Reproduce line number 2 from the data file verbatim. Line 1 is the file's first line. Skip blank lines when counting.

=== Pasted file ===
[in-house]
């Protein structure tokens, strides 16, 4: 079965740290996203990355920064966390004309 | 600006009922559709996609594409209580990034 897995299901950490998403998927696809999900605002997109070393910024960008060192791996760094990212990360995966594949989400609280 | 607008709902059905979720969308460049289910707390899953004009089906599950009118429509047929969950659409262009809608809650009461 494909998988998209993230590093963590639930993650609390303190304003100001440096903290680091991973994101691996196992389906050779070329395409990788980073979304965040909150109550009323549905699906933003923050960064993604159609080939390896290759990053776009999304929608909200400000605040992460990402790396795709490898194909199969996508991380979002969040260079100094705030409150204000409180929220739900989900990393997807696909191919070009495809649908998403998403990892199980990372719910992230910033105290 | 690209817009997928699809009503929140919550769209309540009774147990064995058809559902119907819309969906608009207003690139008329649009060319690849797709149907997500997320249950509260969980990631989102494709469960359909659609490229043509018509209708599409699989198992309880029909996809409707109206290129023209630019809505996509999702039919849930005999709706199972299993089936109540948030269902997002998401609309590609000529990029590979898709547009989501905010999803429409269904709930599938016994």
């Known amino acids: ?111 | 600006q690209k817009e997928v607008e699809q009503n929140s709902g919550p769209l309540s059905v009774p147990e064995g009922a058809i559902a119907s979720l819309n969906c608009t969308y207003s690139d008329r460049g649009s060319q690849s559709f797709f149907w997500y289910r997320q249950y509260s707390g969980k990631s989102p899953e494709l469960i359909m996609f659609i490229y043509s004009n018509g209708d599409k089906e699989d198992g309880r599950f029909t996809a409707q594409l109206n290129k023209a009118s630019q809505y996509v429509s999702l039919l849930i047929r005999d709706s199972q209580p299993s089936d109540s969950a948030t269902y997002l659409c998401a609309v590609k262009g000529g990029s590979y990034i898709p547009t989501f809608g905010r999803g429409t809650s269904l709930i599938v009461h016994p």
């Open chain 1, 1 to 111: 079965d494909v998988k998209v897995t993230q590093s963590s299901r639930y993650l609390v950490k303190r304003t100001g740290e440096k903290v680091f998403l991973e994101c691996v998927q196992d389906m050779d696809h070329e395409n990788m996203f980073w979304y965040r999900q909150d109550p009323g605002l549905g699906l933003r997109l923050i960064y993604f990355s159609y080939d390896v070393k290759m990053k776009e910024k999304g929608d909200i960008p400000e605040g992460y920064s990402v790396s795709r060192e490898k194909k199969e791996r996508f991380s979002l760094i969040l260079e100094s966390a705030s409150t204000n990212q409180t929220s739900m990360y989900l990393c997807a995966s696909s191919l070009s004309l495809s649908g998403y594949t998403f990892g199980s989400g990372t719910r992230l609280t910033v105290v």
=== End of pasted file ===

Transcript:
């Protein structure tokens, strides 16, 4: 079965740290996203990355920064966390004309 | 600006009922559709996609594409209580990034 897995299901950490998403998927696809999900605002997109070393910024960008060192791996760094990212990360995966594949989400609280 | 607008709902059905979720969308460049289910707390899953004009089906599950009118429509047929969950659409262009809608809650009461 494909998988998209993230590093963590639930993650609390303190304003100001440096903290680091991973994101691996196992389906050779070329395409990788980073979304965040909150109550009323549905699906933003923050960064993604159609080939390896290759990053776009999304929608909200400000605040992460990402790396795709490898194909199969996508991380979002969040260079100094705030409150204000409180929220739900989900990393997807696909191919070009495809649908998403998403990892199980990372719910992230910033105290 | 690209817009997928699809009503929140919550769209309540009774147990064995058809559902119907819309969906608009207003690139008329649009060319690849797709149907997500997320249950509260969980990631989102494709469960359909659609490229043509018509209708599409699989198992309880029909996809409707109206290129023209630019809505996509999702039919849930005999709706199972299993089936109540948030269902997002998401609309590609000529990029590979898709547009989501905010999803429409269904709930599938016994």